25. What Brought the Presbyterians to Ireland? • James 6th of Scotland appeared to be a staunch Presbyterian. • He showed signs of popery as Scottish King. • When he became James 1st of England he abolished Presbyterianism in Scotland. • James Melville, successor to Knox, was confined to the Tower of London for 4 years. Clogher Valley Bible Class

  26. Janet’s Lug • In 1625 Charles 1st was crowned. • With the help of Archbishop Laud a prayer book was introduced in Scotland. • A peasant called Janet Geddes flung her stool at the Dean of Edinburgh when the book was introduced crying out, “dost thou say Mass at my lug”. • Many godly Scots tired of the strife saw Ireland as a more peaceful place to worship God. Clogher Valley Bible Class

  27. The Fathers of Irish Presbyterianism • Edward Brice, Broadisland near Larne, he ministered as a Church of Ireland minister and was permitted to worship according the Presbyterian model. • 1621, Rev Hubbard brought his London congregation to Carrickfergus! • Carrickfergus – James Glendinning was a powerful but eccentric preacher. • 1623 Robert Blair arrived in Bangor. He had been a Professor in Glasgow University. He came to Ireland for freedom but explained he could not serve under an Episcopalian Government. Clogher Valley Bible Class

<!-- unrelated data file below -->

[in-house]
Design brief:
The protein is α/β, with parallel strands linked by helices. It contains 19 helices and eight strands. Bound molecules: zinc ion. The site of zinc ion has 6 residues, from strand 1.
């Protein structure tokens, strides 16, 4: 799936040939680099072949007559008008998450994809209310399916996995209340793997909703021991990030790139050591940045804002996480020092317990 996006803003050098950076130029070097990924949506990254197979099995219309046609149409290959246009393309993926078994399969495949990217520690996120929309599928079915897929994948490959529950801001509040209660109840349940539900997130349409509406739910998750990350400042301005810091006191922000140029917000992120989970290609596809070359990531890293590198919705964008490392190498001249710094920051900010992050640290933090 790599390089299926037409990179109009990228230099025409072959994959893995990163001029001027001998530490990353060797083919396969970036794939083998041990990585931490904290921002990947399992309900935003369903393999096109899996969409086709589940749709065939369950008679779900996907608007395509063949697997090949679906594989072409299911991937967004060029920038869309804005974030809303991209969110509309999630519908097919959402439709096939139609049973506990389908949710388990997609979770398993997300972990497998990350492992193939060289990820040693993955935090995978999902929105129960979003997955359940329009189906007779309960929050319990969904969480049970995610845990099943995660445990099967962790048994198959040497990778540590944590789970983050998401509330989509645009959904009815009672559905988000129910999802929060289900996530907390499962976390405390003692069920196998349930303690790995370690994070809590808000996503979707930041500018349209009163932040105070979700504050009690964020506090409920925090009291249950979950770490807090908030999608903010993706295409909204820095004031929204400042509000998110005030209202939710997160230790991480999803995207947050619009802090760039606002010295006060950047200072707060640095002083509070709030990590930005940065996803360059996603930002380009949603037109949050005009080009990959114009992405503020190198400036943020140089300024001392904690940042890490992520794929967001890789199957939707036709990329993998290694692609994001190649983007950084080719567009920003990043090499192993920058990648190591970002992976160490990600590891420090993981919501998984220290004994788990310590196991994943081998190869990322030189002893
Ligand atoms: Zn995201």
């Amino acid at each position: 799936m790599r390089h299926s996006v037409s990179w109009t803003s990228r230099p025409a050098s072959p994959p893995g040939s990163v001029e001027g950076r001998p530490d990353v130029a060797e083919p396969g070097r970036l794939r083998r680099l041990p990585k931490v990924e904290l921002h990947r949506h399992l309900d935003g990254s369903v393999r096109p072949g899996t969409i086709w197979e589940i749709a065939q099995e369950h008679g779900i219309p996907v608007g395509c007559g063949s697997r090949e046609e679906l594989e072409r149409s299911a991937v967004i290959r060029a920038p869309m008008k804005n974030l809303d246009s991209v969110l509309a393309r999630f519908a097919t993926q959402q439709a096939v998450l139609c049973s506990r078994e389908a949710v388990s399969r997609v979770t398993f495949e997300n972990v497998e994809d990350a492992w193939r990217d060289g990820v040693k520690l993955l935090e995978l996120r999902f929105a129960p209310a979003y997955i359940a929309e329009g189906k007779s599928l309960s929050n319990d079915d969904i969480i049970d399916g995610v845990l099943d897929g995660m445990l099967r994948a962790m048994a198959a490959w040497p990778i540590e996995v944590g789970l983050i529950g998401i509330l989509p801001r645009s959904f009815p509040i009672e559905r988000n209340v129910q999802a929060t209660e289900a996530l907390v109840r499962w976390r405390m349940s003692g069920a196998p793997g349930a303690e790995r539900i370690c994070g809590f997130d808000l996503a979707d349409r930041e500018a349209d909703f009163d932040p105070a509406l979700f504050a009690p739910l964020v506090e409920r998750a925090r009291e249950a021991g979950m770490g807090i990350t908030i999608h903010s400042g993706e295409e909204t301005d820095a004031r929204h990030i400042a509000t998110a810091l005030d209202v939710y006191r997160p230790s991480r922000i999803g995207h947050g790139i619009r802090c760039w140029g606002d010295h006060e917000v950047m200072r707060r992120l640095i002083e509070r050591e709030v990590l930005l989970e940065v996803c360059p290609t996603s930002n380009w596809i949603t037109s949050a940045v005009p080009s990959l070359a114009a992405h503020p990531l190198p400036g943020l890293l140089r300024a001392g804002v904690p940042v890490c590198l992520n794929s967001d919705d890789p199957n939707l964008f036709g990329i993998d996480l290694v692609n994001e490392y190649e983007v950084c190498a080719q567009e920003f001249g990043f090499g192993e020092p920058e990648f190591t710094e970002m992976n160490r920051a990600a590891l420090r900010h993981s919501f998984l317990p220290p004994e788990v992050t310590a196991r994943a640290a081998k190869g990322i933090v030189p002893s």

28. The Fathers of Irish Presbyterianism • 1625 James Hamilton was settled in Ballywalter. • 1625 Robert Cunningham was installed in Holywood. • Josias Welsh pastored in Oldstone and Templepatrick. He was nicknamed “The Cock of the Conscience” because of his gifts. He was the grandson of John Knox. • George Dunbar who suffered imprisonment in Scotland but enjoyed a prosperous ministry in Killinchy. Clogher Valley Bible Class